This gorgeous ceramic  mural  by Amelia Peláez and Marta Arjona was painted by the latter from Amelia's original drawing, and fired by René Valenzuela*. It was a mural project for the Salesian Rosa Pérez Velasco house. 

Marta Arjona studied drawing and modeling at the San Alejandro National School of Fine Arts in 1945 and later ceramics at the École de Métiers d'Arts Appliqués in Paris, France. She  collaborated with other artists besides Pelaez, such as René Portocarrero and Mariano Rodríguez. Likewise, she has served as president of the National Council of Cultural Heritage and director of the art gallery Nuestro Tiempo. She also collaborated in the drafting of legislation for the protection of cultural property.


AMELIA PELÁEZ / MARTA ARJONA. Ceramic tiles based on an Amelia Peláez'tempera on paper, 1999.

The mural for the "Salesian School" as designed by Amelia and reproduced in the book by Alejandro Alonso was never realized. A variation of it was realized instead.

In every single trip to Havana, I would have lunch with Alejandro Alonso, originally a deputy director of the Museum of Fine Arts of Cuba and later director of the Museum of Ceramics, and Marta Arjona, who had been director of the Museum of Fine Arts and was now the long-term head of the "Patrimony", the ultimate authority on what left the country and what stayed. In her career as an artist, Marta had been a ceramicist, a colleague, and close friend of Amelia's. During one of these lunches, I suggested that we should build the mural as originally intended by Amelia; there was a general consensus that this would be a contribution to Cuban art, akin to the time when we had produced the bronzes of the Jose Sicre sculpture "La Fuente" from the Twenties, from the original plaster in the Museum's collection. 

Marta would take care of the design using 12" tiles, in a 7x5 pattern, to match the proportions of the original drawing. Rene' Valenzuela, long-time fabricator of Sosabravo's ceramics, would handle the firing of the ceramic; credit would be given to both, as well of course as to Amelia.

It is well known that the largest and most famous mural by Amelia, installed at what was then the Havana Hilton, and later became the Havana Libre, had been fabricated in Italy using a mosaic method; Amelia never went to Italy to supervise or approve the work. Over the years, the mosaic tiles started falling, creating a danger to passersby. Thus the original mural was removed, and it was replaced by ceramic tiles made in Mexico; by that time Amelia had already died, so she never saw the new mural, which is universally acknowledged to be nevertheless "her" mural.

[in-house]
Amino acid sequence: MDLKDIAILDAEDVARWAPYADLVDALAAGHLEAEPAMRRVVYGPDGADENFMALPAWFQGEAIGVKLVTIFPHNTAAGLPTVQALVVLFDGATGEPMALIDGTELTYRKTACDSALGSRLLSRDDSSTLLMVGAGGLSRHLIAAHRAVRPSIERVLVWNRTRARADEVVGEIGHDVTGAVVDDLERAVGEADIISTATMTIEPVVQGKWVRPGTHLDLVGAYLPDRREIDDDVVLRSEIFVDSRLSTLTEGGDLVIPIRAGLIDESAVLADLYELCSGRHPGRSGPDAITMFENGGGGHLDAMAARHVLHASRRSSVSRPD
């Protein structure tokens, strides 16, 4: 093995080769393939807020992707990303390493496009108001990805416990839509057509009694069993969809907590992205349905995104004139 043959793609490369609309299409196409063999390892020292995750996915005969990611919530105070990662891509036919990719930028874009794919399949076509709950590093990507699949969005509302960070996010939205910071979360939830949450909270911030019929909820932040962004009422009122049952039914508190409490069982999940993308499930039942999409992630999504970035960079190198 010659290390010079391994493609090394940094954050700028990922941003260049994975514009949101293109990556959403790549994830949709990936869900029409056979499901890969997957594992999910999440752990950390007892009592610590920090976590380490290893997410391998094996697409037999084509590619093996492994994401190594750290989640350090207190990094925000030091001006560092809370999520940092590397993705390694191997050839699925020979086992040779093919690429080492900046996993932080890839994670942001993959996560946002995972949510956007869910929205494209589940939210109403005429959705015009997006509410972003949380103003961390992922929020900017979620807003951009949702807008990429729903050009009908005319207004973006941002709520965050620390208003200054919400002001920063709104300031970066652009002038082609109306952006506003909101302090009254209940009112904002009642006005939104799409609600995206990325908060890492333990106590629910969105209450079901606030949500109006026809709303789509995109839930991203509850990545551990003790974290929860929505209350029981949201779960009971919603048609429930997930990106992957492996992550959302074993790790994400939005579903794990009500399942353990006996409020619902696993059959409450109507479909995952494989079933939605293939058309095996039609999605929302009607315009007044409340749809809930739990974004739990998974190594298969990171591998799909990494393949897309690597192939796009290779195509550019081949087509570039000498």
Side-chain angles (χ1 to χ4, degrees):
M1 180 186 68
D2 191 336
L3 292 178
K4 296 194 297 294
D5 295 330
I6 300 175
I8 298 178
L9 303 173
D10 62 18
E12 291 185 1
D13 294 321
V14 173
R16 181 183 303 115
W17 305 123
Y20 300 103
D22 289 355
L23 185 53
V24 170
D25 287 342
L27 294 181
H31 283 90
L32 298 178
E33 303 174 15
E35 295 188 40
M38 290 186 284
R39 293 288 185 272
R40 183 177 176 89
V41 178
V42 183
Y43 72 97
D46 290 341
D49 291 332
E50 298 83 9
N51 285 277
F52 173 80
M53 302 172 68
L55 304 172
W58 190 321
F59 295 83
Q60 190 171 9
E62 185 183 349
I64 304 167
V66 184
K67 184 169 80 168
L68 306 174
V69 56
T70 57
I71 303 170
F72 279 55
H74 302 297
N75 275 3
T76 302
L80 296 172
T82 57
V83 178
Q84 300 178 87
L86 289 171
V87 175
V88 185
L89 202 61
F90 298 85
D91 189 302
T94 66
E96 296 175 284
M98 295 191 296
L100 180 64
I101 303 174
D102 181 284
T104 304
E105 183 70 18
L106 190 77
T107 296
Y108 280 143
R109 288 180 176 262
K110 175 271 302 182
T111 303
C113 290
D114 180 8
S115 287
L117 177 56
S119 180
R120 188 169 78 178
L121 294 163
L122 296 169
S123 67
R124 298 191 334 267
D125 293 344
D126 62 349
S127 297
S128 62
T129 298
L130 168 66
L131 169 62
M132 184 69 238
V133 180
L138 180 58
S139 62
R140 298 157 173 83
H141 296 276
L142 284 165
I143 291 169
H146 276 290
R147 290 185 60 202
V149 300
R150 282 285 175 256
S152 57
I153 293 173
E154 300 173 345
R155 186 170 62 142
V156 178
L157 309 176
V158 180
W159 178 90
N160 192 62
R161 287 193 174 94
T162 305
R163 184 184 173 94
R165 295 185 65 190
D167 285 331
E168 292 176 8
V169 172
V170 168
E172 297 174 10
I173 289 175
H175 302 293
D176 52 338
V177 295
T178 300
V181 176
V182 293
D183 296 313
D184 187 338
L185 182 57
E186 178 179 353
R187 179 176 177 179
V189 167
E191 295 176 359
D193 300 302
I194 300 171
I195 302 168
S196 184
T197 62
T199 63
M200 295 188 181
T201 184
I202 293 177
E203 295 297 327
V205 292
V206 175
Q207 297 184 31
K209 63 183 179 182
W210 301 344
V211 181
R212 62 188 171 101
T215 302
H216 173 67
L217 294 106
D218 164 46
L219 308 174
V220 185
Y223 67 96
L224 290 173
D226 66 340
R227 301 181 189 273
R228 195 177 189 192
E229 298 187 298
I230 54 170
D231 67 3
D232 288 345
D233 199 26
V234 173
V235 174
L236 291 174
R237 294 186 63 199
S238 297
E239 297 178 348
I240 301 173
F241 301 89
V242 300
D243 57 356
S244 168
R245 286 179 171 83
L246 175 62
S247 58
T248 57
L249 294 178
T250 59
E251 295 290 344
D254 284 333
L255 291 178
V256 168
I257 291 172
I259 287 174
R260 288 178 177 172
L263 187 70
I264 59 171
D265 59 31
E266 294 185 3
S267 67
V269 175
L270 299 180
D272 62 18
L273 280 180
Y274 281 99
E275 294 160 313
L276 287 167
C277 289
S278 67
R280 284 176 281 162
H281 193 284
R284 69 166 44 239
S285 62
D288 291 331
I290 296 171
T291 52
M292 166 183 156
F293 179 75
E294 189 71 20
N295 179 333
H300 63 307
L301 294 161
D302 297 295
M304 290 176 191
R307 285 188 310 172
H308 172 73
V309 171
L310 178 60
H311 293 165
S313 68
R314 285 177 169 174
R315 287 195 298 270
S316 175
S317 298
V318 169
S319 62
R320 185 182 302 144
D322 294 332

So why should we not consider our mural as being by Amelia? After all, during her lifetime she solicited the help of the same Marta Arjona, to realize some other murals, which are considered joint works of the two artists, as this one should.




Amelia Peláez was born in 1896 in Yaguajay, in the former Cuban province of Las Villas (now Sancti Spíritus Province). In 1915, her family moved to Havana, to the La Víbora district, and this gave her the opportunity to enter the Escuela Nacional de Bellas Artes "San Alejandro" at the rather late age of 20 years (students at this academy usually start at 12-13 years of age). She was among Leopoldo Romañach's favourite students. In 1924 she graduated from San Alejandro, and exhibited her paintings for the first time, along with another Cuban female painter, María Pepa Lamarque, at the Association of Painters and Sculptors in Havana. Receiving a small government grant, she travelled to New York City in the Summer of 1924 and began six months of study at the Art Students' League. In 1927, after being awarded a larger grant, she began studying in France, while paying short visits to Spain, Italy, and other countries. In Paris, she took drawing and art history courses at the Académie de la Grande Chaumière, the École Nationale Supérieure des Beaux-Arts, and the École du Louvre. In 1931 she began studying with Russian painter Alexandra Exter, whose classes in color theory and design were an important influence.Galerie Zak hosted an exhibition of her paintings in 1933, and the following year she returned to Cuba. Peláez received a prize in the National Exposition of Painters and Sculptors in 1938, and collaborated on several art magazines in Cuba, such as Orígenes, Nadie Parecía, and Espuela de Plata. In 1950 she opened a workshop at San Antonio de los Baños, a small city near Havana, where she dedicated herself, until 1962, to her favourite pastime of pottery. She sent her paintings to the São Paulo Art Biennial in 1951 and 1957, and participated in 1952's Venice Biennale. In 1958 she was a guest of honour and jury member at the First Inter-American Biennial of Painting and Printmaking in Mexico City, although she pulled out of the raucous and controversial jury discussions based on what she reported to be "an openly Communist bias in the decisions." Aside from painting and pottery, she dedicated time to murals, located mainly at different schools in Cuba. Her most important works of this type are a ceramic mural at the Tribunal de Cuentas in Havana (1953) and the facade of the Habana Hilton hotel (1957). The works of Peláez are held in the Museo Nacional de Bellas Artes de La Habana and the Museum of Modern Art, New York. Peláez died in Havana in 1968.




*He was the fabricator of all Alfredo Sosabravo's ceramics.

January 31, 2022